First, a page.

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Forum Post: Banks’ Lobbyists Help in Drafting Financial Bills

Posted 1 year ago on June 12, 2013, 9:17 p.m. EST by BradB (2693) from Washington, DC
This content is user submitted and not an official statement

MAY 23, 2013

WASHINGTON — Bank lobbyists are not leaving it to lawmakers to draft legislation that softens financial regulations. Instead, the lobbyists are helping to write it themselves.

One bill that sailed through the House Financial Services Committee this month — over the objections of the Treasury Department — was essentially Citigroup’s, according to e-mails reviewed by The New York Times. The bill would exempt broad swathes of trades from new regulation.

In a sign of Wall Street’s resurgent influence in Washington, Citigroup’s recommendations were reflected in more than 70 lines of the House committee’s 85-line bill. Two crucial paragraphs, prepared by Citigroup in conjunction with other Wall Street banks, were copied nearly word for word. (Lawmakers changed two words to make them plural.)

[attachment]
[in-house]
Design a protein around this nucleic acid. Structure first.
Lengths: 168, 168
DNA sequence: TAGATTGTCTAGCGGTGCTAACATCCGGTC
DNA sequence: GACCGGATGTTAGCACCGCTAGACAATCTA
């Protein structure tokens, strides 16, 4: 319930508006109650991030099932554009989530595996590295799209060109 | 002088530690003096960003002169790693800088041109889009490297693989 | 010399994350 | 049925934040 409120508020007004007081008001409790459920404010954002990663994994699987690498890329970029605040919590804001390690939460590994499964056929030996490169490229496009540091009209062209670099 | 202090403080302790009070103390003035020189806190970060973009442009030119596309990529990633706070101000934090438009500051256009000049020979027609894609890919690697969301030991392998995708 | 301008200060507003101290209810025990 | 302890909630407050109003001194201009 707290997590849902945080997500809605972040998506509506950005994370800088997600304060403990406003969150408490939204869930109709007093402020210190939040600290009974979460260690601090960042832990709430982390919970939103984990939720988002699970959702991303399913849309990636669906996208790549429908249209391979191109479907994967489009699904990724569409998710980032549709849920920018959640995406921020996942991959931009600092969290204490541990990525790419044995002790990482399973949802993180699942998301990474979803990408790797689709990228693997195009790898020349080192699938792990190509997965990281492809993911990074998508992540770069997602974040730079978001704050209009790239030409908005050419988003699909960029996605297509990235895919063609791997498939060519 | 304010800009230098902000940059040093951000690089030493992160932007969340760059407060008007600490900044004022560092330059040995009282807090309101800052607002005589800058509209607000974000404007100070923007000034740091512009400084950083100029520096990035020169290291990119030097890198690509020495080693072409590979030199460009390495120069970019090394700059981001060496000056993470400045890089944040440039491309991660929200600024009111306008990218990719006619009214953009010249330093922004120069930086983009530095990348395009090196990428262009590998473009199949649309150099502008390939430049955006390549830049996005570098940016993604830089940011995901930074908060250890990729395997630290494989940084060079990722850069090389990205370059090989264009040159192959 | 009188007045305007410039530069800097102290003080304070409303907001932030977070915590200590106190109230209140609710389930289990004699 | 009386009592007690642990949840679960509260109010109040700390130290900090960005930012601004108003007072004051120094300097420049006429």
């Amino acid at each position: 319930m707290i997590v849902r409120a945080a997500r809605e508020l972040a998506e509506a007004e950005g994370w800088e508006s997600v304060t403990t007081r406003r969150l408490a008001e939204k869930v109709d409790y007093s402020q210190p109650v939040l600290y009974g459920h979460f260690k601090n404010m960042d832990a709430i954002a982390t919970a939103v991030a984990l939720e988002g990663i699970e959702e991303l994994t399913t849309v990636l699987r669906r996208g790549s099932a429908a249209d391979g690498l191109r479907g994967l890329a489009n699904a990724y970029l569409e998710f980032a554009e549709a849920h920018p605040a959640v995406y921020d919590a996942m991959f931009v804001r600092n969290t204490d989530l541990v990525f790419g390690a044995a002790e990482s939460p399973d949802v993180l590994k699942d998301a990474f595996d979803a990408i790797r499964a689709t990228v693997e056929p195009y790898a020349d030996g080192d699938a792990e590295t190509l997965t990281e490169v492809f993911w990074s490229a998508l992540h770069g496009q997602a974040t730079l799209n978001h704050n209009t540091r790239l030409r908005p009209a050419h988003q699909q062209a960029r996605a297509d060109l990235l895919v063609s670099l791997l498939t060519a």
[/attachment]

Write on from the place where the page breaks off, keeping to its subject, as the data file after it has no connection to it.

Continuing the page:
The lobbying campaign shows how, three years after Congress passed the most comprehensive overhaul of regulation since the Depression, Wall Street is finding Washington a friendlier place.

The cordial relations now include a growing number of Democrats in both the House and the Senate, whose support the banks need if they want to roll back parts of the 2010 financial overhaul, known as Dodd-Frank.

This legislative push is a second front, with Wall Street’s other battle being waged against regulators who are drafting detailed rules allowing them to enforce the law.

more: http://dealbook.nytimes.com/2013/05/23/banks-lobbyists-help-in-drafting-financial-bills/

7 Comments

7 Comments


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[-] 8 points by shadz66 (19985) 1 year ago

''Financial Totalitarianism : The Economic, Political, Social and Cultural Rule of Speculative Capital'', by Max Haiven :